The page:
Deep Work

May 31, 2023 books notes

“Men of genius themselves were great only by bringing all their power to bear on the point on which they had decided to show their full measure.”

“A deep life is a good life.”


  1. Learn complicated things quickly

  2. Must produce the best stuff you are capable of producing

Both depend on the ability to perform deep work

Three types of successful professionals

  1. High-skilled workers: work with intelligent machines
  2. Superstars: best at what they do
  3. Owners: have access to capital

Rule #1: Work Deeply

Depth Philosophies


Make grand gestures

Don’t work alone


  1. Focus on the wildly important
  2. Act on the lead measures
  3. Keep a compelling scoreboard
  4. Create a cadence of accountability

Execution is more difficult than strategizing

Be Lazy: reasons for downtime

  1. Downtime aids insights
  2. Downtime helps recharge the energy needed to work deeply
  3. The work that evening downtime replaces is usually not that important

Execution: you need an end-of-day, shut down ritual that ensure every task has…

  1. a plan you trust for its completion, and
  2. a place it will be revisited when the time is right

Rule #2: Embrace Boredom

Efforts to deepen your focus will struggle if you don’t simultaneously wean your mind from a dependence on distraction.

Training must address two goals

  1. Improving your ability to concentrate intensely, and
  2. overcoming your desire for distraction

Productive meditation

Take a period when you’re occupied physically but not mentally, and focus your attention on a single, well-defined problem.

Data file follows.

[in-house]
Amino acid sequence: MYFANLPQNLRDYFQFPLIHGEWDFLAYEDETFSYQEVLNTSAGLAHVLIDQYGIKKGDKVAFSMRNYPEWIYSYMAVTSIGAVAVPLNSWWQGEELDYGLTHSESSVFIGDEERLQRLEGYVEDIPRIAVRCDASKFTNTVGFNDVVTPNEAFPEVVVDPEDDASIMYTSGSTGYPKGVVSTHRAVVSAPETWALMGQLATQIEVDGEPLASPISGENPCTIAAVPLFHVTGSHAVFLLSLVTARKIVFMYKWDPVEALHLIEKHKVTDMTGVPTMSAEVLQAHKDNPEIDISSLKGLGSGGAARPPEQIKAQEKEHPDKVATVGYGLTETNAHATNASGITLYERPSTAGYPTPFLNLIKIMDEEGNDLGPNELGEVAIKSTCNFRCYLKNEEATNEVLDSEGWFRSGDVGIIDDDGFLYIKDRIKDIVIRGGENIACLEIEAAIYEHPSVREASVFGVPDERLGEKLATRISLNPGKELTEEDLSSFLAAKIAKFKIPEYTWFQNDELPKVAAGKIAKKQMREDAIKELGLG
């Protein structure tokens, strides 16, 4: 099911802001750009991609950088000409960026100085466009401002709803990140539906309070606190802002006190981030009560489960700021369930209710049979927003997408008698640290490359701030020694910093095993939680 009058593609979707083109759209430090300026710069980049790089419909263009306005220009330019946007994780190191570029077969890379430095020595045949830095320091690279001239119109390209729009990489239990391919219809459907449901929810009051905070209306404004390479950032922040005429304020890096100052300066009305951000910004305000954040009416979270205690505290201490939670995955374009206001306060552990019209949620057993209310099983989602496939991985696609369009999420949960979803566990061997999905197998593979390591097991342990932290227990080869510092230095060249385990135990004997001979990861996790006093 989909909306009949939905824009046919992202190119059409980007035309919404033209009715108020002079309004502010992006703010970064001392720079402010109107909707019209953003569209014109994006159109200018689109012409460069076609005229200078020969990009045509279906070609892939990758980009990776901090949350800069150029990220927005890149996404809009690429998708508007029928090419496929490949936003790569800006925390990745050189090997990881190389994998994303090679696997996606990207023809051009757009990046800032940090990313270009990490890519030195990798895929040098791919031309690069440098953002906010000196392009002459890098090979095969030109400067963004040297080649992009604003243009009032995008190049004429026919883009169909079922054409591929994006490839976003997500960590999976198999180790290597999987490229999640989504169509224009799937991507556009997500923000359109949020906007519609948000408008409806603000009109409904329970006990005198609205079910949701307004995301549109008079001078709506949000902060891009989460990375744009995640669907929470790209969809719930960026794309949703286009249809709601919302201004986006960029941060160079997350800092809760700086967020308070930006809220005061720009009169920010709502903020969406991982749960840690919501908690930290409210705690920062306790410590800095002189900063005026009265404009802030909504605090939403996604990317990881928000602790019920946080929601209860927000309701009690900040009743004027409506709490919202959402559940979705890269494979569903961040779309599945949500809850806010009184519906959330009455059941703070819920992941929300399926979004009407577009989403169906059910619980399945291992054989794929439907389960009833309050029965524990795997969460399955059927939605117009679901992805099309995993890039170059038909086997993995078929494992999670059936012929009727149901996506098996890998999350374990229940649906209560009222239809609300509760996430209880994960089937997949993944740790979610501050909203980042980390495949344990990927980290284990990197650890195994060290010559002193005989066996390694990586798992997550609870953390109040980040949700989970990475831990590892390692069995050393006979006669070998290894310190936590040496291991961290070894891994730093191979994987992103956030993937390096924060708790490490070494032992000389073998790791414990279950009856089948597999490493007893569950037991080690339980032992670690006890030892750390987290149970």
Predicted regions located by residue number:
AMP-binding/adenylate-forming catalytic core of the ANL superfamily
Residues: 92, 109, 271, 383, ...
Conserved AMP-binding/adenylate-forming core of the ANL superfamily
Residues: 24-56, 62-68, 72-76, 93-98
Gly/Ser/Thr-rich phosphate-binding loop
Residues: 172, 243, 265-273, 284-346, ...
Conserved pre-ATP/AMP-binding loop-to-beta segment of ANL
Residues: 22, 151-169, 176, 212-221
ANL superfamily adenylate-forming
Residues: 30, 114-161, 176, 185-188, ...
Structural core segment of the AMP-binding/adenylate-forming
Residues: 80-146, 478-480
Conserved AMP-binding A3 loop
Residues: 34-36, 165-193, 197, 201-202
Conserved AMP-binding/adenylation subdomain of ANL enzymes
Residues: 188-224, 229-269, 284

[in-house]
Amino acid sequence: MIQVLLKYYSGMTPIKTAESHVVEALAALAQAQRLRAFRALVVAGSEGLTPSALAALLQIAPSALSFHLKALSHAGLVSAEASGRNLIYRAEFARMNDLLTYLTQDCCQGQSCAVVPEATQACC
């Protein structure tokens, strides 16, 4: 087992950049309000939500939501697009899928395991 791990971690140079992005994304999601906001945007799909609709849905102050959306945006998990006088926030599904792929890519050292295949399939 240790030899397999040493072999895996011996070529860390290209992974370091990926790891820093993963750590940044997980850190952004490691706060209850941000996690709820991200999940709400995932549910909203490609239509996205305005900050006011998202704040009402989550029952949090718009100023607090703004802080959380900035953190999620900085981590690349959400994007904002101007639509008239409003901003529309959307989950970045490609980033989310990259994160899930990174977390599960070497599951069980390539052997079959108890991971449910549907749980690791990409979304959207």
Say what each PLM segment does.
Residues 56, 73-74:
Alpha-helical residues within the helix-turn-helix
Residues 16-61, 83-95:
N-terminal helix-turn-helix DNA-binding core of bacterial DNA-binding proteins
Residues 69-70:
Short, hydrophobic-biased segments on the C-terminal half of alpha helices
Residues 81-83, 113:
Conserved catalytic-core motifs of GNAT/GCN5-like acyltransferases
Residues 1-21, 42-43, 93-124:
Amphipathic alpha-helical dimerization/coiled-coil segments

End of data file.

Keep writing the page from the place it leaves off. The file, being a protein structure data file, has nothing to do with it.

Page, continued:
1. Be wary of distractions and looping
  2. Structure your deep thinking

“[…] One of the biggest differences between memory athletes and the rest of us is in a cognitive ability that’s not a direct measure of memory at all but of attention”

Rule #3: Quit Social Media

Take back control of your time and attention from the many diversions that attempt to steal them.

The any-benefit approach to network tool selection

You’re justified in using a network tool if you can identify any possible benefit to its use, or anything you might possibly miss out on if you don’t use it.

Throughout history, skilled laborers have applied sophistication and skepticism to their encounters with new tools and their decisions about whether to adopt them.

The craftsmans approach to tool selection

Identify the core factors that determine success and happiness in your professional and personal life. Adopt a tool only if its positive impacts on these factors substantially outweigh its negative impacts.

3 strategies for the craftsman approach

  1. Apply the law of the vital few to your internet habits
    1. list broad, high-level goals
    2. list activities done to achieve said goals
    3. list network tools used, and categorize each as: substantially positive impact, substantially negative impact, or little impact. Then continue using only substantially positive impact tools.
    4. the law of the vital few: in many settings, 80% of a given effect is due to just 20% of the possible causes.
  2. Quit social media - social media relies on the fear that “you might miss out”
  3. Don’t use the internet to entertain yourself

Rule #4: Drain the Shallows

Schedule every minute of your day

Quantify the depth of every activity

How long would it take (in months) to train a smart recent college graduate with no specialized training in my field to complete this task?

Use fixed-schedule productivity

default answer becomes “no”

Become hard to reach

  1. Make people who send you email do more work
  2. Do more work when you send or reply to emails
    • What is the project represented by this message?
    • What is the most efficient (in terms of messages generated) process for bringing this project to a successful conclusion? (known as the process-centric approach)
  3. Don’t respond
    • Convince the receiver that a response is worthwhile

“I’ll live the focused life because it’s the best kind there is.” ~Winifed Gallagher